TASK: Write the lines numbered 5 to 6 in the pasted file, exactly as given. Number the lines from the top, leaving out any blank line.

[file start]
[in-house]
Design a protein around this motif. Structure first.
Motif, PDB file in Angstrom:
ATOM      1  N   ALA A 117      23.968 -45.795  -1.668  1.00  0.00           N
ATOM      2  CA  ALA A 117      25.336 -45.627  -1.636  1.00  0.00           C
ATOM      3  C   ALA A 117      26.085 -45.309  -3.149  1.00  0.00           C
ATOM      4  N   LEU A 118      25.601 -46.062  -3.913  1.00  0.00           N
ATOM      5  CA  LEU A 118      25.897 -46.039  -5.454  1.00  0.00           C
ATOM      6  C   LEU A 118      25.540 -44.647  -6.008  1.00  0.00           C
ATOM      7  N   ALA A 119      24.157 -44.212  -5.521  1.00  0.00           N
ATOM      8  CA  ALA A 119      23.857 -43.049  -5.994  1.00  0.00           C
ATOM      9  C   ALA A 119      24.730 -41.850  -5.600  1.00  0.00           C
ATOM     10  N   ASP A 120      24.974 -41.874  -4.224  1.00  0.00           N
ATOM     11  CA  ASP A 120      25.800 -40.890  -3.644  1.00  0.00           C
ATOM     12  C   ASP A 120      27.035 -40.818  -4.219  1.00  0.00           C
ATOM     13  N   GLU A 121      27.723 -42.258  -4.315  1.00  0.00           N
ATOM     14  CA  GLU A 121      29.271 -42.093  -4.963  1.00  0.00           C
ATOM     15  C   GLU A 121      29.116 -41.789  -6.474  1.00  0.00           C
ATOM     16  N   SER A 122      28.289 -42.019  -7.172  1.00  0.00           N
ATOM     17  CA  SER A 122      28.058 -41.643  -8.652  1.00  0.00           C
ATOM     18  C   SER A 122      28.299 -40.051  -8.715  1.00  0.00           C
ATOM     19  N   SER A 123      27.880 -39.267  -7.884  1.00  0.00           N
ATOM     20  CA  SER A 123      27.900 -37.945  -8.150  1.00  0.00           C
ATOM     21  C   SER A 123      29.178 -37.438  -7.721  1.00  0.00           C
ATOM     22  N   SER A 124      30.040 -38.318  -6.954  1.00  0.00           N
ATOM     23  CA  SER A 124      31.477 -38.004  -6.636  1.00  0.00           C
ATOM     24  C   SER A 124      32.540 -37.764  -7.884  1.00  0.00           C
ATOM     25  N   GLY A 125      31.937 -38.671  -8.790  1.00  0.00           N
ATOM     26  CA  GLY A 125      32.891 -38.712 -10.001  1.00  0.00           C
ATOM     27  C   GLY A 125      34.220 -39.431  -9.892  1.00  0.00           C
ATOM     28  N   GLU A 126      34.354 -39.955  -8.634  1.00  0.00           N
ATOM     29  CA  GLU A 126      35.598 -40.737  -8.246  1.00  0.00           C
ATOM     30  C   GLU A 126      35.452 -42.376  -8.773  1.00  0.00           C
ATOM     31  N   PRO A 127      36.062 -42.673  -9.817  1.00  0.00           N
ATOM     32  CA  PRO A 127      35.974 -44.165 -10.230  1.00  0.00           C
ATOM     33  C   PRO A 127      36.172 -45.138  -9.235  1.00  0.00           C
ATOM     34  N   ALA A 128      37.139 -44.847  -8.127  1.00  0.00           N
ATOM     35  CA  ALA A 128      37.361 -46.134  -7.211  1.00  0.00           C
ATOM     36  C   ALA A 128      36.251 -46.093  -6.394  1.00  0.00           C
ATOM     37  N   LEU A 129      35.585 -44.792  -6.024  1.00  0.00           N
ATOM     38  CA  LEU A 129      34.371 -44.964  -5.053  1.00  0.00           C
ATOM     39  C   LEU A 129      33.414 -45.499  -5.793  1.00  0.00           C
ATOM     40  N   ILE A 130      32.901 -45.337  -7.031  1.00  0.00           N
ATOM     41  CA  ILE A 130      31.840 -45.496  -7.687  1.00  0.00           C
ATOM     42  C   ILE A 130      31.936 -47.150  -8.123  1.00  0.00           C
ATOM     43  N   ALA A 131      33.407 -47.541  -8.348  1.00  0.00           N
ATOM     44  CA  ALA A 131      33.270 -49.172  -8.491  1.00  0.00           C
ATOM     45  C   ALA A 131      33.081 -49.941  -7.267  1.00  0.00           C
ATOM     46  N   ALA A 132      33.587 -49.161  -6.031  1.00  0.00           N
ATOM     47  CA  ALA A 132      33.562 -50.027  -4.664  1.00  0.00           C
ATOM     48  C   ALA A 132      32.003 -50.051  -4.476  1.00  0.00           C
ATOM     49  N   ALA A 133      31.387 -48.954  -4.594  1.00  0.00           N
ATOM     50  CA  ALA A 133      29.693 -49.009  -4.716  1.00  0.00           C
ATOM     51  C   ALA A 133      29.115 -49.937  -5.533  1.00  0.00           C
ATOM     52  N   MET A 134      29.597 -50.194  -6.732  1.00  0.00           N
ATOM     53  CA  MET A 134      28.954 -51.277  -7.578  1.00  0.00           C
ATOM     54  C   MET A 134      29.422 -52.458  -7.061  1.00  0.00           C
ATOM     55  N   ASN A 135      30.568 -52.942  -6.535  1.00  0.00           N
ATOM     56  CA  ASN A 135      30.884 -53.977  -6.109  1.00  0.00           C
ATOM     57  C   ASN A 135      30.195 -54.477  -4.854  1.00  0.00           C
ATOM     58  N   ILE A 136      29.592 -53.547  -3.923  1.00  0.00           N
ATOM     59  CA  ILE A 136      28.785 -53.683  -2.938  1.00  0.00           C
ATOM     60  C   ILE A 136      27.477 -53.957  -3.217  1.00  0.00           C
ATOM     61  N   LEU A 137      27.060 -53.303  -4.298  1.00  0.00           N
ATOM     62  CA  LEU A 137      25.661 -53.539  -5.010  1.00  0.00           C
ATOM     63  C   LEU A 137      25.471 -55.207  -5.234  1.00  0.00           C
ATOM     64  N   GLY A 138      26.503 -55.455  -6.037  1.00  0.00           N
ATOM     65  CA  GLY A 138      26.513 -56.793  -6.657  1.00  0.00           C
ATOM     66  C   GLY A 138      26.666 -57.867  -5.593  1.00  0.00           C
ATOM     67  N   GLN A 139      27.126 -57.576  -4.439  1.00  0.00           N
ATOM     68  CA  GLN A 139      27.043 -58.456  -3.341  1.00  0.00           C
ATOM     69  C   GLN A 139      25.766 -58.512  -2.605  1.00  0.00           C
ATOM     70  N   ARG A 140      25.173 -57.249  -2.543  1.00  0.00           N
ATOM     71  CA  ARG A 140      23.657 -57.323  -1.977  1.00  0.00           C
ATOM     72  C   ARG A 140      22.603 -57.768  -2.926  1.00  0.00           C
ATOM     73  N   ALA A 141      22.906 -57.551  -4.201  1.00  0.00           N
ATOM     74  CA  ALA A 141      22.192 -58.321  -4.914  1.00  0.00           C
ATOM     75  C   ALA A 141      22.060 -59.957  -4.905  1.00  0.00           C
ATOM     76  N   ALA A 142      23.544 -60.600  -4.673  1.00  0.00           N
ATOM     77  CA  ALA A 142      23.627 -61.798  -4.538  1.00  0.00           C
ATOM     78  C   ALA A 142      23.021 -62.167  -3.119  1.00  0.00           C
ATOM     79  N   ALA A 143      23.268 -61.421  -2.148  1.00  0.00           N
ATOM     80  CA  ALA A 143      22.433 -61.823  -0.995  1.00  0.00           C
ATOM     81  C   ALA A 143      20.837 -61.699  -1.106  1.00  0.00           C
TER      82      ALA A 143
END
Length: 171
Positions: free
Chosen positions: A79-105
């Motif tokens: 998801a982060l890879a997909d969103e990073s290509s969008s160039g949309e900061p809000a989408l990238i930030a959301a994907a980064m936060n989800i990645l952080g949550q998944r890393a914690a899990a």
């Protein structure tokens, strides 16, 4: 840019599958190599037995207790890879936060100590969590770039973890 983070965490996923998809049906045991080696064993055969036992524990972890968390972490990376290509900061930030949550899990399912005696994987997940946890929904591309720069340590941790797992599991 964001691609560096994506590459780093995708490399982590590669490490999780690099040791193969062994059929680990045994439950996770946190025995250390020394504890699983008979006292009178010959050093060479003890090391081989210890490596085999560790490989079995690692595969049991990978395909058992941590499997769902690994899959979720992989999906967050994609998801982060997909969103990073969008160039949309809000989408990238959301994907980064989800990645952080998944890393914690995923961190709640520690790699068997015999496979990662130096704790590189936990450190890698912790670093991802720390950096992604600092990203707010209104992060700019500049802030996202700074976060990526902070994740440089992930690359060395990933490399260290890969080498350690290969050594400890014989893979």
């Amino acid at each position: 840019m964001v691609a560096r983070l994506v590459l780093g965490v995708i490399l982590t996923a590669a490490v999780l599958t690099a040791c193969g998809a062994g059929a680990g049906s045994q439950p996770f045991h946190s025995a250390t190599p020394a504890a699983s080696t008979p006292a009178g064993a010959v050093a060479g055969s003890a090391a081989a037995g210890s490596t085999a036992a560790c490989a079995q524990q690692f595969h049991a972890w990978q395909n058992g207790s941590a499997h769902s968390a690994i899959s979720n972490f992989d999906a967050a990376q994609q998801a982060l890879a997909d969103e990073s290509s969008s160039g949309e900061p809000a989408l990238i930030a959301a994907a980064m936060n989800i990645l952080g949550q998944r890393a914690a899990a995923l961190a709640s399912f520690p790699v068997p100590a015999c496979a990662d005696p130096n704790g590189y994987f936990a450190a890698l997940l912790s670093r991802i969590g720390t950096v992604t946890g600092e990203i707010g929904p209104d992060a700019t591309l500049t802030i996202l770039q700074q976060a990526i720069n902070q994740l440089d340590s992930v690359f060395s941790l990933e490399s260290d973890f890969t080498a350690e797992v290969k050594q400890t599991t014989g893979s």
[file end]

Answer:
ATOM      2  CA  ALA A 117      25.336 -45.627  -1.636  1.00  0.00           C
ATOM      3  C   ALA A 117      26.085 -45.309  -3.149  1.00  0.00           C